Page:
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After Myanmar violence, almost 6,000 Rohingyas arrive in Thailand

Source Reuters:
February 07, 2013
(Reuters) –
Nearly 6,000 Rohingya Muslims have arrived in Thailand since October, when
sectarian violence flared in Myanmar’s western Rakhine state and displaced tens
of thousands of people, a top Thai security agency said on Thursday
Entire
communities of Rohingyas are languishing in makeshift camps inMyanmar, without
access to healthcare or clean water, according to the Medecins Sans Frontieres
(MSF) aid group, while Thailand has promised humane treatment for the 5,899 who
have arrived on its shores.
“Those
detained will continue to be treated as illegal and given only basic care in
line with humanitarian practices,” said Dittaporn Sasamit, a spokesman for
Thailand’s Internal Security Operations Command (ISOC).
“The
Foreign Ministry is negotiating with other countries to take them on and is
seeking (Myanmar) citizenship papers for them so they can move on,” he
said.
Myanmar’s
reformist government has been criticized for its treatment of Rohingyas and its
poor handling of clashes with ethnic Rakhine Buddhists in June and October. The
Rohingyas came off worst in a statewide spree of machete and arson attacks.
Many Rohingyas
arrived in predominantly Buddhist Myanmar as laborers from what is now
Bangladesh under British rule in the 19th century, grounds the government uses
to deny them citizenship.
Most of the
estimated 800,000 Rohingyas in Myanmar are regarded by authorities as illegal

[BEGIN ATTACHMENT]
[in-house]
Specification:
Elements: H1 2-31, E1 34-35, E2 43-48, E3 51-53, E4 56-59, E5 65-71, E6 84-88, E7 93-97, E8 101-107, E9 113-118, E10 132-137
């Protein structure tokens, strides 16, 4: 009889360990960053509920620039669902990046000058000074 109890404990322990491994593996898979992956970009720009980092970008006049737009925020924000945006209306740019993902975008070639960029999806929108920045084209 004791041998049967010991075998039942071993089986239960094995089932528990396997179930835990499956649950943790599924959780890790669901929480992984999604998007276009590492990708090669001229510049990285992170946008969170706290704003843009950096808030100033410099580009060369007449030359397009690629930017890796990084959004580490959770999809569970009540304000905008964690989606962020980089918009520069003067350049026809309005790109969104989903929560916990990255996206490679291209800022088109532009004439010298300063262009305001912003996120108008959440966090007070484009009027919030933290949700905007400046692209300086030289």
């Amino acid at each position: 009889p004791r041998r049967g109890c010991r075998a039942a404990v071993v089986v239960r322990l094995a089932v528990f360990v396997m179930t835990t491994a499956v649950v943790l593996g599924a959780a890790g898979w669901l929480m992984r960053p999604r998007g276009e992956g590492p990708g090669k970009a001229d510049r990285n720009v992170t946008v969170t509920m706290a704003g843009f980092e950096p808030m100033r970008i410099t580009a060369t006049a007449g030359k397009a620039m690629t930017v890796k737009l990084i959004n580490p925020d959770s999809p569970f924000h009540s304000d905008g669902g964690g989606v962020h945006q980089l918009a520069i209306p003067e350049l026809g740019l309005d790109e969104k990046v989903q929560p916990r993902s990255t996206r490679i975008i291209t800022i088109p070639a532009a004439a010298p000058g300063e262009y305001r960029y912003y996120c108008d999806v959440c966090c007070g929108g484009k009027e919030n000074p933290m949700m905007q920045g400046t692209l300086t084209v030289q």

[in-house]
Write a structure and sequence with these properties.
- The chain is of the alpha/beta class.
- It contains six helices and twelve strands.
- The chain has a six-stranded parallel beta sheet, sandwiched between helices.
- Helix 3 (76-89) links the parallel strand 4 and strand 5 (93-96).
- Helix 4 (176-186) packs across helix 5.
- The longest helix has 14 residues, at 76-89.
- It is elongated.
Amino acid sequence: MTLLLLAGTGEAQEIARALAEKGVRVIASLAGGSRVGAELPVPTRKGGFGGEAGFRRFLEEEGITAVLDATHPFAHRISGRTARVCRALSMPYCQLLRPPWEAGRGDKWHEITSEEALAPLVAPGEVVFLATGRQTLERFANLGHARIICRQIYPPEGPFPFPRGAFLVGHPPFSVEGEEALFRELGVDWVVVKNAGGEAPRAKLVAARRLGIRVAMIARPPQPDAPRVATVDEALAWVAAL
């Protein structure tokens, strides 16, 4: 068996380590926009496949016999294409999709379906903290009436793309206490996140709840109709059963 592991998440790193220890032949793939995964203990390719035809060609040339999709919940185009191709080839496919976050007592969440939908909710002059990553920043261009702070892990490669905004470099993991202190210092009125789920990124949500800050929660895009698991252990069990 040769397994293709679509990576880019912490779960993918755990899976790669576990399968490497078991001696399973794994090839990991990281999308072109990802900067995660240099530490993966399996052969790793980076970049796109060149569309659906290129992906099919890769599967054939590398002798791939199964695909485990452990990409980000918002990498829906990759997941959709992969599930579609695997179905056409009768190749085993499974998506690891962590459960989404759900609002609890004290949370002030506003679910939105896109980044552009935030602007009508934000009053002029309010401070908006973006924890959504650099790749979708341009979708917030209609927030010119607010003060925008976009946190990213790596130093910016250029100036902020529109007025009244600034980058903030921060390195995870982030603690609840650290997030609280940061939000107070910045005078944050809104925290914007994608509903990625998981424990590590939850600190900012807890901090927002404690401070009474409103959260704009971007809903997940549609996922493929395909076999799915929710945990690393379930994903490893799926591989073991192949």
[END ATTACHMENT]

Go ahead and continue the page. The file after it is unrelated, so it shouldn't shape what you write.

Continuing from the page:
immigrants from Bangladesh, which does not recognize them either. The United
Nations has referred to them as “virtually friendless”.
Thousands of
Rohingyas flee from Myanmar each year on rickety boats seeking refuge and
jobsin Thailand, Malaysia and Indonesia, but the number has swelled since the
unrest.
MSF said its
relief work was being hindered by accusations of bias in favor of the
Rohingyas.
“Repeated
threats and intimidation by a small but vocal group within the Rakhine
community have severely impacted on our ability to deliver lifesaving medical
care,” MSF General Director Arjan Hehenkamp said in a statement.
Britain’s
Parliament on Tuesday backed a motion calling for the U.N.-mandated observers
in Rakhine state.
Rights groups
have often criticized Thailand for its handling of Rohingya migrants and its
deportation process, which leaves many illegal immigrants open to abuse by
authorities.
Thai security
forces discovered almost 1,400 Rohingyas during raids in the south of the
country last month and 1,752 have been detained for unlawful entry.
More boats are
expected to sail from Myanmar in the coming months, according to New York-based
Human Rights Watch.
(Editing by
Martin Petty and Robert Birsel)